Moving into 2022-23, we'll continue to play our part in progressing the Government's priorities for accelerating the recovery from COVID-19, improving family and whānau wellbeing and looking at the fairness of the tax system.
The new Cost of Living Payment is aimed at helping an estimated 2.1 million New Zealanders. The payment of $350 is split into 3 monthly payments to be paid in August, September and October 2022.
To get ready for the payments, our people have been tidying up issues or errors in customers' 2022 tax returns and Working for Families assessments as this information is key to determining if people are eligible for the payments. We've also worked to update the bank account details of more than 200,000 customers so the payments reach them easily.
Our people been preparing our technology to handle the payments. They've also been providing information about who is eligible by engaging with community groups and tax agents, and using our websites, social media and phone technology. We've translated information for diverse communities.
When we designed the COVID-19 support schemes, we anticipated there would be some risk of fraud, abuse or gaming. We've set up an oversight group that is reviewing the integrity of these schemes. We're using our analytics capabilities to identify these customers and we're responding to them in a variety of ways, including targeted campaigns and direct messaging through intermediaries. When we need to, we're also taking enforcement action.
To help all our customers stay on track with their tax obligations, we'll continue to take a straightforward and helpful approach and intervene early if we think customers are at risk of getting into debt.
It's a priority for us to do better as an organisation in meeting our Treaty obligations and services to whānau Māori. We're continuing to roll out Māhutonga, our programme for integrating te ao Māori and te Tiriti o Waitangi into everything we do. In 2022-23, we will progress Mauri Ora Te Whānau, our Māori Customer Strategy, and our people will be learning to be comfortable with te reo and tikanga Māori through our new foundation capability programme.
By the end of 2022, the Government will update its Tax and Social Policy Work Programme. This will set out our future policy focus. We're continuing our research into the tax paid by high-wealth individuals and working on the Tax Principles Bill. We're also contributing to the cross-government review of Working for Families and to work on debt owed by people to government. We'll also be implementing the change to pass-on child support payments to carers.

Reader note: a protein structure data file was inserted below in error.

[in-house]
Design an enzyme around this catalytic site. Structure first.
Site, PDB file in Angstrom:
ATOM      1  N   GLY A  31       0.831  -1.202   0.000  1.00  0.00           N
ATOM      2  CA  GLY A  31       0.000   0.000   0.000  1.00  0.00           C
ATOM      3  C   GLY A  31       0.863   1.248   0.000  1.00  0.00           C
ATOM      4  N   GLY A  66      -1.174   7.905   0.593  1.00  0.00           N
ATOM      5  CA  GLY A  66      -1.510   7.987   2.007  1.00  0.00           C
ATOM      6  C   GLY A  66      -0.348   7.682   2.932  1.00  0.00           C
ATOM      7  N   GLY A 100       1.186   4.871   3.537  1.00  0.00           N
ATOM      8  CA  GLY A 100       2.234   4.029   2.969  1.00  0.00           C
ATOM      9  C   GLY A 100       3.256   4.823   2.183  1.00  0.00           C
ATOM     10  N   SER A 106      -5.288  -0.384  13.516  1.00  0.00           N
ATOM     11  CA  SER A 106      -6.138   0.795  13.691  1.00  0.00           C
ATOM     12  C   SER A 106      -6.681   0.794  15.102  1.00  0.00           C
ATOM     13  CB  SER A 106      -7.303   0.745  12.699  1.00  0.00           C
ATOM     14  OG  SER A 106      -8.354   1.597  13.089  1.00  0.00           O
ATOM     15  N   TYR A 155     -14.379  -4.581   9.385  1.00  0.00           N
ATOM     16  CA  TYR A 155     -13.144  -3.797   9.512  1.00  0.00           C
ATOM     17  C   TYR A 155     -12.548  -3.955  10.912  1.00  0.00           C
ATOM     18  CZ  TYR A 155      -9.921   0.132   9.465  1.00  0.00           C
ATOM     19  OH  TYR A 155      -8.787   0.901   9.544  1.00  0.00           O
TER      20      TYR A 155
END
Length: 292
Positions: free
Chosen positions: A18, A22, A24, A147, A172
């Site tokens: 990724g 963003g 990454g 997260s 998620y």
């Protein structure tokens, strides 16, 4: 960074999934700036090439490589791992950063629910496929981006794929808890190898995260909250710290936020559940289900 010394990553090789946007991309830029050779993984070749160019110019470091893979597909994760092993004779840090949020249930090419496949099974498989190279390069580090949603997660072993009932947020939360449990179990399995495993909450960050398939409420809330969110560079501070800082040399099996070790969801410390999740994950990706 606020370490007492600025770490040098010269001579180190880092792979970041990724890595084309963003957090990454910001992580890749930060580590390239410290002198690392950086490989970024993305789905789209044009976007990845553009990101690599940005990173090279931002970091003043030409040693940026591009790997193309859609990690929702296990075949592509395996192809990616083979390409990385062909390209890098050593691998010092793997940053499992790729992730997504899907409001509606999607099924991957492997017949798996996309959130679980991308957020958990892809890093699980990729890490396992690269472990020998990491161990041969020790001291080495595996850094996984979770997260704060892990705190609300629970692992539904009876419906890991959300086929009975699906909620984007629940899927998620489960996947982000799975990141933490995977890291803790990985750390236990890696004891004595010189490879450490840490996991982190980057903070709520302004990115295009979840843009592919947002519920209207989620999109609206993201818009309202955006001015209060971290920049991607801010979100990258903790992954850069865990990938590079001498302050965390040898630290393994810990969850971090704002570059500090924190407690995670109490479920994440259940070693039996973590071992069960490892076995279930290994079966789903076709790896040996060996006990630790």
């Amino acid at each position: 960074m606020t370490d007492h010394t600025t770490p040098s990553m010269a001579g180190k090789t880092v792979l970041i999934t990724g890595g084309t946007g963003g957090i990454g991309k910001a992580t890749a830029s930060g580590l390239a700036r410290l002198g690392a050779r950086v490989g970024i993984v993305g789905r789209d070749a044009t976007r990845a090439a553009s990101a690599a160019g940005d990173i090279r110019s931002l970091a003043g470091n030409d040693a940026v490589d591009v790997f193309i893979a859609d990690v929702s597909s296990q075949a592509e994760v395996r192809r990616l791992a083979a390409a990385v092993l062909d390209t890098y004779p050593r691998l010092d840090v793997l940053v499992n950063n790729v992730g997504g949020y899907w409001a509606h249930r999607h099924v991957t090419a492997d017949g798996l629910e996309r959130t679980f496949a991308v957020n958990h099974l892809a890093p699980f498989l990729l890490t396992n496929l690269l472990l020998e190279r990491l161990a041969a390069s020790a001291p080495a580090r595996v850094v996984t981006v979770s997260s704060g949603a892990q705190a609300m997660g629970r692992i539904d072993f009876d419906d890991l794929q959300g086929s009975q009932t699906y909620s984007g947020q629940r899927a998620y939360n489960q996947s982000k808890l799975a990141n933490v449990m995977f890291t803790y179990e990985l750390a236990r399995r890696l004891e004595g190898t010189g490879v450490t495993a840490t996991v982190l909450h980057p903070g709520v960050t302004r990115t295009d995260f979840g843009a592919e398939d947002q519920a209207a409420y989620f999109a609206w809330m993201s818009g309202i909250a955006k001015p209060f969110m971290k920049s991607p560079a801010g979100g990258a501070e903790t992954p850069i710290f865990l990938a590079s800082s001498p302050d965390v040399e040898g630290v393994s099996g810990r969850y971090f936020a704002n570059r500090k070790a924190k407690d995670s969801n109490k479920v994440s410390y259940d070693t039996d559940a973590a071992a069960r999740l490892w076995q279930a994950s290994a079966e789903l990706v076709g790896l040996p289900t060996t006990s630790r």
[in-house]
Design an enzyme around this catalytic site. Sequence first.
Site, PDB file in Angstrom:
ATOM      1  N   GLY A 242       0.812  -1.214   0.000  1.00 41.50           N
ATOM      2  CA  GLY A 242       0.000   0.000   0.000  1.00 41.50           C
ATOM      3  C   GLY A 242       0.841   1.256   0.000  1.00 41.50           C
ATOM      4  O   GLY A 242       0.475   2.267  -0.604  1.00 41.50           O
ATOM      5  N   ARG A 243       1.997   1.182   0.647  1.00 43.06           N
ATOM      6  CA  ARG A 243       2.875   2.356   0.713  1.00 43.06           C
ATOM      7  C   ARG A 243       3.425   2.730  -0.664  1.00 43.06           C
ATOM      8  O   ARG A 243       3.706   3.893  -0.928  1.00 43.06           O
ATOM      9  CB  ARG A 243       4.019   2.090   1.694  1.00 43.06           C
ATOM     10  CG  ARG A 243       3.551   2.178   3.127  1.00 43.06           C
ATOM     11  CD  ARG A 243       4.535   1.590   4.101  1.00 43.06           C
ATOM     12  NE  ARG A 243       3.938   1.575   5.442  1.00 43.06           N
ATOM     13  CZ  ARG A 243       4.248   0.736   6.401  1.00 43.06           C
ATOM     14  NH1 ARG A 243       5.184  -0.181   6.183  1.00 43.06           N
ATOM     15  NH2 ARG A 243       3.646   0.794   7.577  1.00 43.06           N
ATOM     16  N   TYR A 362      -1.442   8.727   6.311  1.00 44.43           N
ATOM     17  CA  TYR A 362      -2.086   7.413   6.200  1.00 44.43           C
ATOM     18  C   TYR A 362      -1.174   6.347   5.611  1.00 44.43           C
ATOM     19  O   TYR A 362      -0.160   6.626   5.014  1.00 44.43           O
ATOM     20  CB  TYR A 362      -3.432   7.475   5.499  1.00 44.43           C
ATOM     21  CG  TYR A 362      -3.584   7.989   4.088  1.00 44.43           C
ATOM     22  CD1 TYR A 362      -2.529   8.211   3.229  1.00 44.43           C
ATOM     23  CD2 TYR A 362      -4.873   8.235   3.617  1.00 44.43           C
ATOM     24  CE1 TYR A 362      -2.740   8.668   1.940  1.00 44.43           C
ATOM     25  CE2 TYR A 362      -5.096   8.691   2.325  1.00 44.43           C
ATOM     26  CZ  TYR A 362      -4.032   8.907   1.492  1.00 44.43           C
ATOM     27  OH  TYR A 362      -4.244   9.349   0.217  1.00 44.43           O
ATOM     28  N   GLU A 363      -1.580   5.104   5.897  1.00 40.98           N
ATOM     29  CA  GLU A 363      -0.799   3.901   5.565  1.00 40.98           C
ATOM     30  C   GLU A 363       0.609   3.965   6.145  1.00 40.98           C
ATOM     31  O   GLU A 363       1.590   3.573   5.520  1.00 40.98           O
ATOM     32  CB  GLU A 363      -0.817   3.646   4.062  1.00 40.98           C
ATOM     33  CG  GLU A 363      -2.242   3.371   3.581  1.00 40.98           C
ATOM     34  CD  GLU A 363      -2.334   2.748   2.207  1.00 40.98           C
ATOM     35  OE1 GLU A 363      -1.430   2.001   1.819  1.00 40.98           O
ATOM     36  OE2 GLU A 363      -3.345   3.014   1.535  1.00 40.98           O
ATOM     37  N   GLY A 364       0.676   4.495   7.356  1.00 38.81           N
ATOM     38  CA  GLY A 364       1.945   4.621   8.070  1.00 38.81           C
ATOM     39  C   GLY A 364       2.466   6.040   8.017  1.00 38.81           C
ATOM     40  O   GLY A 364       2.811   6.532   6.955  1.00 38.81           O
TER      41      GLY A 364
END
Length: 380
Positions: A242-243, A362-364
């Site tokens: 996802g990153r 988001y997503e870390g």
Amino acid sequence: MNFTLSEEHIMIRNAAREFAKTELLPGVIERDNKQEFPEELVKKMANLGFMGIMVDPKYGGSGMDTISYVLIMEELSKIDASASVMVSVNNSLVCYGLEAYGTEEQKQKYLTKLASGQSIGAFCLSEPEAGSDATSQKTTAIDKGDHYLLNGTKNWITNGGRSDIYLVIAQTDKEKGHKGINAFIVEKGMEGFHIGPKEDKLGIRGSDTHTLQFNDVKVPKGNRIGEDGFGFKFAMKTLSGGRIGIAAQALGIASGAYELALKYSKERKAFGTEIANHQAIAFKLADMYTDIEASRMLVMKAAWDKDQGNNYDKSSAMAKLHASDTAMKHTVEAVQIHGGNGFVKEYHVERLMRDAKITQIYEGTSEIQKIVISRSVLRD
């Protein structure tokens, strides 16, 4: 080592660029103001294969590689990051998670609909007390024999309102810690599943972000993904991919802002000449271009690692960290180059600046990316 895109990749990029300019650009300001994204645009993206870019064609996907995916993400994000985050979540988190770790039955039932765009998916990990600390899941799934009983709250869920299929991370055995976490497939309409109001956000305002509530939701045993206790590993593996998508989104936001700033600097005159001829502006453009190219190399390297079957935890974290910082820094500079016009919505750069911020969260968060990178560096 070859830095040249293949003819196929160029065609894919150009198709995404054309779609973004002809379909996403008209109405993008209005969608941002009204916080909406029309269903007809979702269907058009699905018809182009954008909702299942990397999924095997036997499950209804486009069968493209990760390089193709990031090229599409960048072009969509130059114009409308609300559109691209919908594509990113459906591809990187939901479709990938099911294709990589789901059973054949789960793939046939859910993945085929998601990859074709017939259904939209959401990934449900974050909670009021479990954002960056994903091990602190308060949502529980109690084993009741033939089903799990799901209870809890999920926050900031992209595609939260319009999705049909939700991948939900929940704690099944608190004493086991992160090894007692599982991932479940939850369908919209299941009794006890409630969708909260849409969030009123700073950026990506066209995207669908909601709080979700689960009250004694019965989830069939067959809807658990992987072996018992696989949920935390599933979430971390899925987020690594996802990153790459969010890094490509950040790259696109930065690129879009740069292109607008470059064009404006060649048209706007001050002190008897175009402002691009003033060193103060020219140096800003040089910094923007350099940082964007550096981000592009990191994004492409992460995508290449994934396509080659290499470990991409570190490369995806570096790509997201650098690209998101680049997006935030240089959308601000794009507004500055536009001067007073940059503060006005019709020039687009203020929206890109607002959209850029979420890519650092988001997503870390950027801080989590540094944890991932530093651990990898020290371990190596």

As the steward of New Zealand's tax system, Inland Revenue is beginning its next regulatory review. This is a 'health check' of the system to help identify any problems that exist such as rules that don't work as they should because they're too complex or easy to misinterpret.
It's important for us to keep improving our everyday services so tax and payments are easy to get right and hard to get wrong. We'll continue helping customers to do as much for themselves as possible using digital channels like myIR. At the same time, we'll continue supporting customers who cannot use them.
A key initiative underway is upgrading the technology we use in our contact centres to make it more flexible and cost-effective, and enable a better experience for customers. The technology will mean we can use new ways to understand and interact with our customers.
Providing our people with a positive, safe, sustainable and inclusive work experience and work place underpins everything we do.
We're reshaping our culture through an initiative called Te Pou o te Tangata. 'Te Pou o te Tangata' means 'personal endeavour', which relates to being sincere in how we act and conduct ourselves with other people. We want to create a single set of descriptors that better reflect who we are as an organisation and that will continue to build on the momentum we generated during our transformation.
We're working with our entire Inland Revenue whānau to do this. We're incorporating te ao Māori concepts of whakawhanaungatanga and manaakitanga to make sure everyone at Te Tari Taake Inland Revenue has a voice and those voices are heard.
Inland Revenue is committed to achieving cross-government broader priorities, including becoming more diverse and inclusive, reducing emissions and buying goods and services from a more diverse range of suppliers.
We're committed to operating sustainably and reducing our environmental footprint. We have a set a target to reduce greenhouse gas emissions by 43% by 2025 and 50% by 2030.